Owner's title insurance: FAQs
Many homebuyers do not understand the importance of purchasing an owner's title insurance policy when buying their new home.
Only owner's title insurance fully protects the buyer should a problem arise with the title that was not discovered during the title search. Owner's title insurance also pays for any legal fees involved in defending a claim to a title.
Further reading: Real life title claims as witnessed by Federal Title attorneys
Like any insurance policy, it is a small price to pay to insure one of the most important investments your homebuyer will ever make.
Why should I purchase an owner's title insurance policy?
When you buy a home, you want to be certain that the title to the land is clear. However, even the most diligent search of the public records could fail to disclose a number of title defects. So a title insurance policy protects you for the duration of your home ownership.
Legally you do not need to purchase an owner's policy, though it is strongly recommended. Find out how much an owner's policy will cost with a quick quote.
What problems could arise through a title search?
Several scenarios could create a title cloud, including but not limited to:
- A forged will or deed;
- A title transfer by someone underage;
- A married person conveying real estate without his or her spouse;
- Fraudulent impersonations;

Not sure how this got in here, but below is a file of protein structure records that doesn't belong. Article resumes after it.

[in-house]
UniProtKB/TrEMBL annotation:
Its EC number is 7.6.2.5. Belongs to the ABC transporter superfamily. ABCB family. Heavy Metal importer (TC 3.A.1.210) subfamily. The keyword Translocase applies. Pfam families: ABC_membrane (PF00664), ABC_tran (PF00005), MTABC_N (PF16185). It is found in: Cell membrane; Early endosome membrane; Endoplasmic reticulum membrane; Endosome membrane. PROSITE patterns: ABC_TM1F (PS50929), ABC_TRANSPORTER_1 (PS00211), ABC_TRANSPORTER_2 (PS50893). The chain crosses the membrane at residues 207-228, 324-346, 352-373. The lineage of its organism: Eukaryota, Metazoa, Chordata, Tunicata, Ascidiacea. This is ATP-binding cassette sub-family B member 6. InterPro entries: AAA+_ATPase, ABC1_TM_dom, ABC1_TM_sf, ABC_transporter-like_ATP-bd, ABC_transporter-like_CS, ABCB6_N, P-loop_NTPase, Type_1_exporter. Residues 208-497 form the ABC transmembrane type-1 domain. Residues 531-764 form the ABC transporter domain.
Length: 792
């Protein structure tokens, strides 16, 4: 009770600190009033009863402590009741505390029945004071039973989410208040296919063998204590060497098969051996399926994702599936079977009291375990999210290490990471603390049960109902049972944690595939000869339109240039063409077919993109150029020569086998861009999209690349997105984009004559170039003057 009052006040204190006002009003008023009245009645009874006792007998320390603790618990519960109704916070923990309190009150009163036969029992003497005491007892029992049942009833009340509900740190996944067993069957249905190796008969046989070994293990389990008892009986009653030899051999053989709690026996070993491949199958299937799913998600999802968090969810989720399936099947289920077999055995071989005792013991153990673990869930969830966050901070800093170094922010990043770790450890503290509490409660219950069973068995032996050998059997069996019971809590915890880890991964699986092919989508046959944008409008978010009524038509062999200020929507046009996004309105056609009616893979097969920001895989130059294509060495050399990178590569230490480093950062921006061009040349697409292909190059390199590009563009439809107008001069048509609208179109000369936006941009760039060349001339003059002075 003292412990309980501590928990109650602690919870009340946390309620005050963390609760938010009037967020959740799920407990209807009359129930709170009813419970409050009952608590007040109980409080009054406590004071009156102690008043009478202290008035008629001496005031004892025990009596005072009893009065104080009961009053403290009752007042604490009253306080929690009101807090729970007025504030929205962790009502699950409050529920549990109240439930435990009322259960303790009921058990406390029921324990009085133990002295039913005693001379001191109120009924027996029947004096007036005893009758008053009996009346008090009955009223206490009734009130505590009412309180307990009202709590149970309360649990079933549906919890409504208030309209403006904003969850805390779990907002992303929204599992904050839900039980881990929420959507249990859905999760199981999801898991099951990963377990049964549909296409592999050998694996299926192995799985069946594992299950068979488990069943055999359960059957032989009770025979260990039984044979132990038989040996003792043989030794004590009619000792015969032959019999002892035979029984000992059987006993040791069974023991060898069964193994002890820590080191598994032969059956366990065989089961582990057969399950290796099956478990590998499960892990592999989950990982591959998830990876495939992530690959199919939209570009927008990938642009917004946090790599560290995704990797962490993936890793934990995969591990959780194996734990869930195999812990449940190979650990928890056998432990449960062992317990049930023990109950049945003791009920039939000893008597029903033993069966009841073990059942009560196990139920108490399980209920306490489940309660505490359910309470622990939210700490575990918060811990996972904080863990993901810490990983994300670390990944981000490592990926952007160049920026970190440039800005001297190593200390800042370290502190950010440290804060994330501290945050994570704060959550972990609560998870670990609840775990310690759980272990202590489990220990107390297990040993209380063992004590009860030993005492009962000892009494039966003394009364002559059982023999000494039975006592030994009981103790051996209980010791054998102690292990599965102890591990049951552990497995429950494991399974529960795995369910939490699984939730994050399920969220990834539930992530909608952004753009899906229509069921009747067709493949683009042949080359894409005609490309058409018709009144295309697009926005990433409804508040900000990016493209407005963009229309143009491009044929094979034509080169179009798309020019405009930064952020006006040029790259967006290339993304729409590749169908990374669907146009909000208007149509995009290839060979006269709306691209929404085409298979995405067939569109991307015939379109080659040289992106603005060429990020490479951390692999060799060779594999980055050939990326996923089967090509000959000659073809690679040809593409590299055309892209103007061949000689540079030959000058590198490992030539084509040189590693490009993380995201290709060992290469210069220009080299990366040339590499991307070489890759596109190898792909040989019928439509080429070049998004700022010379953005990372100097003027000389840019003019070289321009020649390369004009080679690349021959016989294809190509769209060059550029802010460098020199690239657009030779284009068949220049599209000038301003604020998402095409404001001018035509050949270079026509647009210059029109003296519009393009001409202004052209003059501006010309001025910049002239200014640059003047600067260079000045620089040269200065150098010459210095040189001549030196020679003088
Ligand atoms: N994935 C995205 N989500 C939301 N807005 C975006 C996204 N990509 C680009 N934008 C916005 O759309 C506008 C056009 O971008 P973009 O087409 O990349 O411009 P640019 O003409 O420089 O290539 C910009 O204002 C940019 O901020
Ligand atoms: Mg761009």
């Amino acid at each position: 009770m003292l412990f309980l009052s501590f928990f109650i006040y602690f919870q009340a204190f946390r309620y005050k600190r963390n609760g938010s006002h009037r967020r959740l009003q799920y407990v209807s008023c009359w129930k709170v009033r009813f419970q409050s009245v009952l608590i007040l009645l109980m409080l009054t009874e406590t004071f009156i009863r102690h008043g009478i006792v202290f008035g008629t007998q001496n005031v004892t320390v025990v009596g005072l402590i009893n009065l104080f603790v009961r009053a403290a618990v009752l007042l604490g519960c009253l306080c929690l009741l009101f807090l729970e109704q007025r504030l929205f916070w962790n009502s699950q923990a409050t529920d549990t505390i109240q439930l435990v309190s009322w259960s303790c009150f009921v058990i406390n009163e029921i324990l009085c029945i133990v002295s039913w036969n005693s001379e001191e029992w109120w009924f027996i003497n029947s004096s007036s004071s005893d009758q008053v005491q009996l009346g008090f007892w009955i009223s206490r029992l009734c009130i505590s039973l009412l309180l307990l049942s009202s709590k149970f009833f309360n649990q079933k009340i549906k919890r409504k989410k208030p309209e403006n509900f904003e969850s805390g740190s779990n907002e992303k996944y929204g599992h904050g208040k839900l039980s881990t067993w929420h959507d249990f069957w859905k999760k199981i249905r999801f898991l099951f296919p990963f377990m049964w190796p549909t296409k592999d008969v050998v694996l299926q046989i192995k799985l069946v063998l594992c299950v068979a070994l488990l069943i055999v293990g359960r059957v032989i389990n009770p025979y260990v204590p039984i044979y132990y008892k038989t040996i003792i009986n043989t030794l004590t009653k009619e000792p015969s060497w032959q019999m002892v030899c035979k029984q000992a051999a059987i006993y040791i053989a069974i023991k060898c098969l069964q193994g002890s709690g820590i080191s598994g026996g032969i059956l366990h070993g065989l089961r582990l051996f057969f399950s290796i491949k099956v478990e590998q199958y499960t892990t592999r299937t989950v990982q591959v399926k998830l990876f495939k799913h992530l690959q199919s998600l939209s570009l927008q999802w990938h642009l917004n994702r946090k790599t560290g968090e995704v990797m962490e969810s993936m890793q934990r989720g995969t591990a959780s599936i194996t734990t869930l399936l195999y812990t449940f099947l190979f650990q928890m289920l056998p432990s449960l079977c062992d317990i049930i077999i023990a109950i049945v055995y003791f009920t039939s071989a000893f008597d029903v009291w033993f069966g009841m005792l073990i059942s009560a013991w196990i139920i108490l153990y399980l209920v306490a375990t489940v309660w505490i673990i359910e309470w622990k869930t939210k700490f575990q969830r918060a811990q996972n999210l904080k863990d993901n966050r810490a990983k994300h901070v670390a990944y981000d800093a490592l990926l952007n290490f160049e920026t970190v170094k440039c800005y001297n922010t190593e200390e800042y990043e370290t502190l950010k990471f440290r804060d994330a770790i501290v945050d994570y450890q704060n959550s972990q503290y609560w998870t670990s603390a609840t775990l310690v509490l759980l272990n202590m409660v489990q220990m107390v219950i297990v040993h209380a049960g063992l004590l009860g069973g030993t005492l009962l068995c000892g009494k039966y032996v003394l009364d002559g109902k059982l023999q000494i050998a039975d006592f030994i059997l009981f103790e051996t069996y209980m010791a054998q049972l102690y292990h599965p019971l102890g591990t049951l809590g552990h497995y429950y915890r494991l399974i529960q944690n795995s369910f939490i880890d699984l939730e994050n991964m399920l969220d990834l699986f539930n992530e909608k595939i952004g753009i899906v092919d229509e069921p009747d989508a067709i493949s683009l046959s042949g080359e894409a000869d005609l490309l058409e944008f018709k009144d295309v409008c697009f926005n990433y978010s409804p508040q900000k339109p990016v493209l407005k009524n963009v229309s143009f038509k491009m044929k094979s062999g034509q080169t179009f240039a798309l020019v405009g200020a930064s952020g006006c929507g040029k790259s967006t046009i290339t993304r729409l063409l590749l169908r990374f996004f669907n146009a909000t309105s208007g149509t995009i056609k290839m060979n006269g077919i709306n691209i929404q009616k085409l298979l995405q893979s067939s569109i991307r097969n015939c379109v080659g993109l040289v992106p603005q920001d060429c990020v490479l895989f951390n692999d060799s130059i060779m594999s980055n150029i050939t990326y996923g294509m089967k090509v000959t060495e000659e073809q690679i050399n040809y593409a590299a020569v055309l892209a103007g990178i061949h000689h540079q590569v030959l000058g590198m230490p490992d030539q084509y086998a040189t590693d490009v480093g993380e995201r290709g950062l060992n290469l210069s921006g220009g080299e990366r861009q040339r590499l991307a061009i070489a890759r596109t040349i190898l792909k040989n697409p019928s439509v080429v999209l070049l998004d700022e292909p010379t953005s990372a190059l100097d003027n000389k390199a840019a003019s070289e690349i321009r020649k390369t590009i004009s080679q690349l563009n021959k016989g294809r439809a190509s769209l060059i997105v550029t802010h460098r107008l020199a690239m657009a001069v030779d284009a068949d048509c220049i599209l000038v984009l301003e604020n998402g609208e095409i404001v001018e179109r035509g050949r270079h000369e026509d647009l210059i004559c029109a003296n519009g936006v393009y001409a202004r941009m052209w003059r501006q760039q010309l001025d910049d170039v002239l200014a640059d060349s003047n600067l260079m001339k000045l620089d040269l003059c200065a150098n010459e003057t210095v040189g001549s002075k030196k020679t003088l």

- Secret marriages;
- Undisclosed heirs;
- Invalid divorces; and
- False affidavits.
Read More: More title insurance claims
Why do I also have to purchase a lender's title policy?
Lenders must also protect themselves against title related defects. A lender wants to insure that the loan they are issuing is protected by title insurance, since they too must insure that their investment is covered. And in some cases, when a lender sells loans to secondary investors, the new lender requires that the loan has title insurance.
Why can't I use the seller's owner's title policy?
The seller may have a judgment against them or another issue that could cause a discrepancy in the title. Plus, the policy needs to be in the new purchase amount of the house, so it is properly insured. However, if the new homebuyer can secure a copy of the seller's current Owner's Title Policy and the policy is less than 10 years old, the homebuyer may be entitled to a reissue rate for their new Owner's Title Policy.
When does an owner's title insurance policy expire?
An owner's title insurance policy stays active as long as you (or your heirs) own the said property.
About how many claims are made with title insurers?
According to American Land Title Association (ALTA), title insurers paid approximately $460 million in claims in 2001. This figure was up over $100 million from $350 million in 2000. Compensation was paid to insured homeowners either for losses they experienced under policies issued to them or to defend their titles from the claims of others.
Generally speaking, homeowners assume there are rarely problems with titles, however according to an ALTA survey of 420 abstractors and agent operations, title problems arise in one out of every four real estate transactions. In 2001 this would mean that 1.6 million of the 6.5 million residential real estate transactions had a problem with the title.
What kind of title policies do you offer?
Federal Title offer two kinds of owner's title insurance policies, a standard package and an enhanced package. The homebuyer can decide which package meets their needs, up until they are signing the papers at the closing table. Click here for a comparison between the two title policies we offer. Order settlement services online today, or if you are shopping around, get a free quote online.
READ MORE: Compare title insurance policies
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